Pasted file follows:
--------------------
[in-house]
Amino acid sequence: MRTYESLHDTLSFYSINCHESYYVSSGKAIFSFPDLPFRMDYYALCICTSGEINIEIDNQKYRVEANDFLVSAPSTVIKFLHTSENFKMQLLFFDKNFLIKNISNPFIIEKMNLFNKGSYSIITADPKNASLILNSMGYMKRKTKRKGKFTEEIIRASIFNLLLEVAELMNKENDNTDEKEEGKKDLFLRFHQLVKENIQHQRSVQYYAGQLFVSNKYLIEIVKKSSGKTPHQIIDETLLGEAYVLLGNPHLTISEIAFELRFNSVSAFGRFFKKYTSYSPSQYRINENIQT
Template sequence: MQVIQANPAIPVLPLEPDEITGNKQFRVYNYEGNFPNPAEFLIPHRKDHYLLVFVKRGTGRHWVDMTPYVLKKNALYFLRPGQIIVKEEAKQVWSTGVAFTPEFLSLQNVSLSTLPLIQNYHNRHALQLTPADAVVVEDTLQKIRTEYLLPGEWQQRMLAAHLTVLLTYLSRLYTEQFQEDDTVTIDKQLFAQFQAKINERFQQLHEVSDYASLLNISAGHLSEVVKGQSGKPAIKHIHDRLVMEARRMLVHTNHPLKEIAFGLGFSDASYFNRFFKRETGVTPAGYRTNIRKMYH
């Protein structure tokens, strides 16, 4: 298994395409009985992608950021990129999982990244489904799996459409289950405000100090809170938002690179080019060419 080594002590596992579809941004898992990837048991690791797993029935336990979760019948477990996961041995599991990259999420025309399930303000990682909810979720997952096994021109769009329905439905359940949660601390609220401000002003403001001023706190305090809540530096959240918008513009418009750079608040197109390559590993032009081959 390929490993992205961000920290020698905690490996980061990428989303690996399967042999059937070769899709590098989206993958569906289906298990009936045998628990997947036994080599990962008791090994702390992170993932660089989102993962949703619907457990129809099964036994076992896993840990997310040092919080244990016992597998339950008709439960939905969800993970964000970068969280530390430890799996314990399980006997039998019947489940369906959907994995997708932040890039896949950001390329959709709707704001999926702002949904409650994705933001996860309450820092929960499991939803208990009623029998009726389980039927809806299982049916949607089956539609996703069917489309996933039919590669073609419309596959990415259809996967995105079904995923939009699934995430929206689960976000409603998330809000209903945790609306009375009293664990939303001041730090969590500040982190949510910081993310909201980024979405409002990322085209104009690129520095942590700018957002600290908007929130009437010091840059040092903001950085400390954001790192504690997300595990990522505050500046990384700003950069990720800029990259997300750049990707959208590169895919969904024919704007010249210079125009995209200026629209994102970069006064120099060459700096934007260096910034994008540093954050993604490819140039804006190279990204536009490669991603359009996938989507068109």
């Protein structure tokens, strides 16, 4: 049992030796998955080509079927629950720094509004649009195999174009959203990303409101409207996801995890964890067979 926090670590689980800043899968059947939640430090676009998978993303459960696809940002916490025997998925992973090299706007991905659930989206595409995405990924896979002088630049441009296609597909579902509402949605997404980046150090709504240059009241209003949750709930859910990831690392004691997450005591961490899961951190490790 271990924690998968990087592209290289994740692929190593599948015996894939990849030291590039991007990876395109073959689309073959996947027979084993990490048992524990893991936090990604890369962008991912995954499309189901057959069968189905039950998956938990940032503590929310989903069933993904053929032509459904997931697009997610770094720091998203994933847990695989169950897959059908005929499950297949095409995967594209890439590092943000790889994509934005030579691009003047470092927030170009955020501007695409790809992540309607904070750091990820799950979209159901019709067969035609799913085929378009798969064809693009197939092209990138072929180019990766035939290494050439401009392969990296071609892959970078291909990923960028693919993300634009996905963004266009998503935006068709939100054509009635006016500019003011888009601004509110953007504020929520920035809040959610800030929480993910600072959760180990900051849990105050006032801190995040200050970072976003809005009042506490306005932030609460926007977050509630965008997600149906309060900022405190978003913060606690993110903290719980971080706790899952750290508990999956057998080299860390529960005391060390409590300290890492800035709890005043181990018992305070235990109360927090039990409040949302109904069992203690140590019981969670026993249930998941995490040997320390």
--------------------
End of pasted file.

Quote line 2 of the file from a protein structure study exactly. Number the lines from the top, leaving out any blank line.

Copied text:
Amino acid sequence: MRTYESLHDTLSFYSINCHESYYVSSGKAIFSFPDLPFRMDYYALCICTSGEINIEIDNQKYRVEANDFLVSAPSTVIKFLHTSENFKMQLLFFDKNFLIKNISNPFIIEKMNLFNKGSYSIITADPKNASLILNSMGYMKRKTKRKGKFTEEIIRASIFNLLLEVAELMNKENDNTDEKEEGKKDLFLRFHQLVKENIQHQRSVQYYAGQLFVSNKYLIEIVKKSSGKTPHQIIDETLLGEAYVLLGNPHLTISEIAFELRFNSVSAFGRFFKKYTSYSPSQYRINENIQT